The United Nations reports that at least 40 million women in India have died from neglect or were simply never born in the first place. Dr. Amartya Sen, a Nobel laureate, first applied the term “missing” to this phenomenon in 1986 when he examined India’s census data. Among Christians and Muslims, the female to male sex ratios were close to normal. Among Hindus, who make up 80 percent of India’s population, the gender imbalance would spark a demographic crisis.
Until the 1980s, when ultrasound machines became more widespread, girls were commonly killed at birth or were neglected of health and nutrition to ensure their death. Baby girls were left in dumpsters, buried in clay pots or poisoned. Shocking, yes, but the practice still continues. Across the country there is a 47 percent excess female child mortality, girls aged 1-to-4 who are dying before their life expectancy because of discrimination. In the wealthy state of Punjab and neighboring Haryana, the excess female child mortality is 81 and 135 percent respectively, according to India’s National Family Health Survey.
SALEM, INDIA – Priya, 4 years old, lives in the Life Line Trust Home. She was taken by the police after neighbors denounced her parents for beating her and burning her face. The Indian government has set up a network of “cradle houses” for unwanted baby girls.
The arrival of ultrasound machines, and its subsequent exploitation, ushered in a silent era of organized crime. Now able to identify the sex of a fetus early in pregnancy, parents who learn their child is a girl often abort her. The government has banned abortions based on gender for the last 16 years. Every ultrasound clinic is required to have a poster explaining the law, yet this $250 million business a year flourishes because of deeply entrenched traditions, official apathy and the lucrative business of illegal ultrasounds.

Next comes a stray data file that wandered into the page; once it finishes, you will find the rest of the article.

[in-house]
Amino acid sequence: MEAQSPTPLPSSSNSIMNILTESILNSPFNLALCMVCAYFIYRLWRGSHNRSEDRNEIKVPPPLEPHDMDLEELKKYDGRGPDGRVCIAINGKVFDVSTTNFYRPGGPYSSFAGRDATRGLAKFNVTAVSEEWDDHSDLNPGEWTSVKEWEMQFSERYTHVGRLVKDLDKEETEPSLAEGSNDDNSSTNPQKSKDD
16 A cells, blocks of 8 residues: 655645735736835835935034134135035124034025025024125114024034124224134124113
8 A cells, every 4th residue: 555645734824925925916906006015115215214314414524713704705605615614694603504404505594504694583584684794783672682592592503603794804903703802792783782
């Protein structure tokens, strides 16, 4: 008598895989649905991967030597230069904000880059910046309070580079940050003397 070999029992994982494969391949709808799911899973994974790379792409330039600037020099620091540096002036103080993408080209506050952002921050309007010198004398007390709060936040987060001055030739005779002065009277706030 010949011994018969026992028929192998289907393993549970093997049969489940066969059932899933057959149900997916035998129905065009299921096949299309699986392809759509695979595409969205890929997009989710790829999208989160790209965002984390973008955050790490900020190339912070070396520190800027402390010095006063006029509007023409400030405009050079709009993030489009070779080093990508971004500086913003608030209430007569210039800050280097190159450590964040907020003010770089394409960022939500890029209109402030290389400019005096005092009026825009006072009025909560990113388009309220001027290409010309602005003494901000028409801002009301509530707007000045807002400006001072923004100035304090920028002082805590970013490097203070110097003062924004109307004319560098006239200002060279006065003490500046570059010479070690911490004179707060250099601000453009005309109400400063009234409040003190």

The role of women in India, a nation which set a global precedent for women by electing Indira Gandhi as prime minister in 1966 and reserves a 33 percent quota for women in village elections, emphasizes the terrible paradox of Indian culture. In 2001, 54 percent of adult women were literate according to India’s 2001 Census. The country’s diversity exacerbates the issue, and divisions by ethnicity, class, creed and culture complicate efforts to advance social justice. Yet no matter their “station” in life, all women confront the cultural pressure to bear a son.
Boys represent a status symbol. As breadwinners, they will look after their parents, perform their last funeral rites and carry on the family name. Many regard girls as a financial drain because parents face the pressure to provide a dowry to marry her off. In rural areas, livestock, furniture and elegant garments comprise the dowry, while in urban areas, a groom’s family expects cash, jewelery, cars, property and lavish weddings.
Ruchira Gupta-Apne Aap
“They feel a daughter will be taking some money out of the family whereas a son will be bringing in money into the family,” says Ruchira Gupta, a journalist and founder of Apne Aap, an anti-sex trafficking organization.
Although the government banned dowry nearly 50 years ago, the law is mostly ignored.
JAIPUR, INDIA – Shahin, 13 years old, earns 50 rupees (US$ 1) per day, polishing semi-precious stones. Most of the money goes toward helping her family save for her dowry and wedding expenses.
The rise of consumerism and economic prosperity has expanded the middle class and increased dowry demands. An insufficient dowry exposes the bride to lethal perils: